Since the excitement of upfronts is over and the new series for the next season have (mostly) been picked, it seemed like a good time to talk about writing a TV pilot.
The one thing every aspiring writer needs to know about writing a TV pilot is that it will not get made. Not yet, anyway. Embrace that fact and make it your friend because the reason to write one if you’re still trying to get your first break in Hollywood is as a calling card. Proof to agents and producers that you get what it takes to write an episode, get characters, and create dialog. Since you don’t have to worry so much about being commercial (it’s anyone’s guess what that really means anyway), let your creative juices run wild. The sky really is the limit, but there are a few rules to be aware of.
Formatting: The format of a TV pilot is pretty much the same format you use for features. Oh, some networks like the description to be all in capital letters (my personal pet peeve) while others double space everything so it’s a little more flexible but it’s still your basic format.
Page length: One hour dramas this year ranged anywhere from the high 50’s to 67 pages long. Now, I wouldn’t recommend you write 67 pages unless it’s freakin’ awesome, but there is a little wiggle room beyond the standard one page = one minute of screen time. For half-hour comedies, most are around the low 30’s – 35 in regular formatting pretty much topping it out.
Acts: Every pilot needs to be broken out in to acts. For one hours, the number ranges from 4 to 6, depending on the type of show you want to write. Half-hours usually have some kind of opening teaser and then divide into 2 acts, although some go for 3. Some of the pilots for the comedies letter the scenes as well. My advice would be to skip that for now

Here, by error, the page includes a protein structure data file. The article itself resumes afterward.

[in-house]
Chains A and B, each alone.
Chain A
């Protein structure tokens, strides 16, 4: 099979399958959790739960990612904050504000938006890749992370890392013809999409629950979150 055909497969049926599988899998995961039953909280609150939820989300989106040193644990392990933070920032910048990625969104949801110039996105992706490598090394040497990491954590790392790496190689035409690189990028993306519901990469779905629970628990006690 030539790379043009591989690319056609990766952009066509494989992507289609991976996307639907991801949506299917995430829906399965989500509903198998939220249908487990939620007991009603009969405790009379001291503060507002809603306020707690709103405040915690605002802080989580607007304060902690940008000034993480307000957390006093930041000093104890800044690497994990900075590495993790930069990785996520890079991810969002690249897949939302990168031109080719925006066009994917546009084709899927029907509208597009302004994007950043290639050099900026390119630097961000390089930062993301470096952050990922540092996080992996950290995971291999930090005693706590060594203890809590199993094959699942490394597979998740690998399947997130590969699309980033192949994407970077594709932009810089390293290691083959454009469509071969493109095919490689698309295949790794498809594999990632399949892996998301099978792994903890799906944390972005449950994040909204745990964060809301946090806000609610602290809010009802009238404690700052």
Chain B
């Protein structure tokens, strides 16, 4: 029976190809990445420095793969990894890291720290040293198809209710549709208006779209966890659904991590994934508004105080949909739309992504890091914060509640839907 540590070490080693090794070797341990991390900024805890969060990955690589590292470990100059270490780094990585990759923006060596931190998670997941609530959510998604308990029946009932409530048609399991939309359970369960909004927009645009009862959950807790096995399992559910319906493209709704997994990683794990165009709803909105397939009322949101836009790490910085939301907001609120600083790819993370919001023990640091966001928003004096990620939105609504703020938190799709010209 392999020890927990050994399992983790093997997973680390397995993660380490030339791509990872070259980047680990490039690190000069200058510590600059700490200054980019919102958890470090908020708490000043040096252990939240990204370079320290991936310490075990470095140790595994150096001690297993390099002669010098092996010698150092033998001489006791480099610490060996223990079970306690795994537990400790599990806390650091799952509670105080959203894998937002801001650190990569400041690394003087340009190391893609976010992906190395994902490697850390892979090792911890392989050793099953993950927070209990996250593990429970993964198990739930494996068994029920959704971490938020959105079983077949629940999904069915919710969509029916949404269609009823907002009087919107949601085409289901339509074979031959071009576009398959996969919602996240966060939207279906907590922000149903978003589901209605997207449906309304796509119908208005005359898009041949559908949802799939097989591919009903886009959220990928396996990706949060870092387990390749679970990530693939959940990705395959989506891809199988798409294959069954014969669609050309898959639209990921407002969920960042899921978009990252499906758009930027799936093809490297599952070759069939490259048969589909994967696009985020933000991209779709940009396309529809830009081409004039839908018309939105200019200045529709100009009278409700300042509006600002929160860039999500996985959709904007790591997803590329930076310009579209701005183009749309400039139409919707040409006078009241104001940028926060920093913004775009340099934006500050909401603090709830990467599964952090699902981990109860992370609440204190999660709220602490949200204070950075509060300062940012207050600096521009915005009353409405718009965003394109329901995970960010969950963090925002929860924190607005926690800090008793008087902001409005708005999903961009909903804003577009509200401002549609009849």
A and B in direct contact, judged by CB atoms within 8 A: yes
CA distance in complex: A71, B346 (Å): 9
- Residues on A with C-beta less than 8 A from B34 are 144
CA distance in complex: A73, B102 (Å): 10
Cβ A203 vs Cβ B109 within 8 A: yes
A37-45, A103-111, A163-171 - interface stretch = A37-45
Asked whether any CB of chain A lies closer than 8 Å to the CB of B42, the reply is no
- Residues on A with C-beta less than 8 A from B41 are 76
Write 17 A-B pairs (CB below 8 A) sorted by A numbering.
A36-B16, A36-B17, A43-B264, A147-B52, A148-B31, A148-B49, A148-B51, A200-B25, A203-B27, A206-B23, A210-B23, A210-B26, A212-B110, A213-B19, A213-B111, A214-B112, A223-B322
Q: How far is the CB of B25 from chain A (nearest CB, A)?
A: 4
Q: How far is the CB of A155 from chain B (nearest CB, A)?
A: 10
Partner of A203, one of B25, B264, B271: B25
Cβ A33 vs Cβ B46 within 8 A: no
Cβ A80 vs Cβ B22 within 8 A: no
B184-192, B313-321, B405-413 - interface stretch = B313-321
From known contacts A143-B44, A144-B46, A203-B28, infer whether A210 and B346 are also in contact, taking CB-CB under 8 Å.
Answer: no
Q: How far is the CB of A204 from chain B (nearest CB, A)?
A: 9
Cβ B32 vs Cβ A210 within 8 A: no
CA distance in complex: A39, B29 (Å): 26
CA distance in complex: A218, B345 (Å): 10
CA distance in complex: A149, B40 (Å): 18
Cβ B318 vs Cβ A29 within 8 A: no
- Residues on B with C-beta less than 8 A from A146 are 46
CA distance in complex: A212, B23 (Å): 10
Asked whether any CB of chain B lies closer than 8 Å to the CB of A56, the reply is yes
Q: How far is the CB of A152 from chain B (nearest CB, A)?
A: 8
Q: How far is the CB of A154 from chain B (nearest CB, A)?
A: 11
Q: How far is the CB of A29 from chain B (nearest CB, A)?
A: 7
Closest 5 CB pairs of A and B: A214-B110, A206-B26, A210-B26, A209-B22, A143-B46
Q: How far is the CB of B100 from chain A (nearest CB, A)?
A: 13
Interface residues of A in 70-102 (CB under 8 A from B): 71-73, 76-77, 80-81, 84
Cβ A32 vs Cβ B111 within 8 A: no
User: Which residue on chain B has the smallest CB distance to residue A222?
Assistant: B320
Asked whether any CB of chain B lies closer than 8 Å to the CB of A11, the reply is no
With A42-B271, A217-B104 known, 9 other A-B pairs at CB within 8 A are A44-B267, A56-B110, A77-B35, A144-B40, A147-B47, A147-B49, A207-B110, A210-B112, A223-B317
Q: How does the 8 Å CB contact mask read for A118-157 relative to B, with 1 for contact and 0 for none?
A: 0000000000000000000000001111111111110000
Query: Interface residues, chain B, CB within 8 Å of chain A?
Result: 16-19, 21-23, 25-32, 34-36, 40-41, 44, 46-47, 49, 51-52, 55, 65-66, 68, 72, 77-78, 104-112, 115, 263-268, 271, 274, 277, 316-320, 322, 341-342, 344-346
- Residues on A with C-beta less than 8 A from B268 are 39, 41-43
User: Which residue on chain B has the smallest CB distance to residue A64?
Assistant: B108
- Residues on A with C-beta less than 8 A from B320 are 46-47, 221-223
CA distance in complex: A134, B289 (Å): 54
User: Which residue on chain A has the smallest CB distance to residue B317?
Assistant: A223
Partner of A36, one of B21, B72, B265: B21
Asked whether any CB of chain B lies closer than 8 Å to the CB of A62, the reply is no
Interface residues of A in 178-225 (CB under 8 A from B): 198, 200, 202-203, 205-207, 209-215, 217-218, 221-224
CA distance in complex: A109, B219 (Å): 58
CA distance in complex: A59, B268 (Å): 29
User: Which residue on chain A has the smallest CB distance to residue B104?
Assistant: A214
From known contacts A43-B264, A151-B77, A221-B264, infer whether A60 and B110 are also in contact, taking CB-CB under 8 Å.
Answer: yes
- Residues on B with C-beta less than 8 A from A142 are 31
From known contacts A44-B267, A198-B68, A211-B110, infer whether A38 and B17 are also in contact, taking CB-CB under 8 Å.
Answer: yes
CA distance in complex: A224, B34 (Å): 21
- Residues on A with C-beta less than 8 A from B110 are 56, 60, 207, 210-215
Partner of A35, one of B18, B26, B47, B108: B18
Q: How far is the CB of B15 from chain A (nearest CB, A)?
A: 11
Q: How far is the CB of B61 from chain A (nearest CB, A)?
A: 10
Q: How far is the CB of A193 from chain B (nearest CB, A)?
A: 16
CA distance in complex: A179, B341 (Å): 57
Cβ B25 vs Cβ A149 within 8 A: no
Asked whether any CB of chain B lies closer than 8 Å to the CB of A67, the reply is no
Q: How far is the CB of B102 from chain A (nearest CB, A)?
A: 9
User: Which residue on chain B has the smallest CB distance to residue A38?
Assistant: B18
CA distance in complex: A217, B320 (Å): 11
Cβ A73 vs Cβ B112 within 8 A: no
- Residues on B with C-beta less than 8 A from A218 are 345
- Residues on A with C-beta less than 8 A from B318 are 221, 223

How do you choose how many acts to use? Watch the kind of show you want your pilot to be, note down how it’s structured, and try to emulate that.
Give your series legs: Always remember that you’re writing a PILOT, the first of hopefully 100 or more episodes of a successful television SERIES. Make sure that it’s clear from the pilot that there are a limitless number of story possibilities in this series. For instance, if it’s set in an office full of whacky characters, it’s easy to see that there’s no end to the stories. If, on the other hand, it’s set in a political campaign, you might have some problems convincing a network executive that you can keep the same tension involved in a campaign up show after show for a number of years. Eventually the candidate has to win or lose, right? This is why cop, lawyer and medical shows are always going to be around. There’s almost no end to the stories that can come from those settings. The trick is to find a new and different spin on those workhorse ideas.
Have characters with… character: Make sure that each character in you pilot (and therefore the series) has a clear and distinct voice. Their dialog is the only way they have of setting themselves apart so make it sharp and unique. It really defines their roles in the series, whether it’s a drama or a comedy, so don’t make it too vague. Great characters that jump off the page are what will make executives want to buy the series. Think about how many police procedurals are on TV; now think about what sets them apart. “Psych” and “The Mentalist” are basically the same idea but with completely different characters.
Set the right tone: Make sure it’s clear from the very first scene what the tone of the show is going to be. Is it dark comedy? Is it warm and fuzzy? Is it cold and analytical or action filled? The tone of the pilot is just as vital as the characters in letting the network know that you have original ideas and know how to execute them.
There are no new series ideas that have never been done before. It’s about the life you bring to it through the setting, characters and tone that will make your pilot stand out as a sample of the kind of work you can do. Make it bold enough AND professional, and it could be the ticket to getting your first writing job.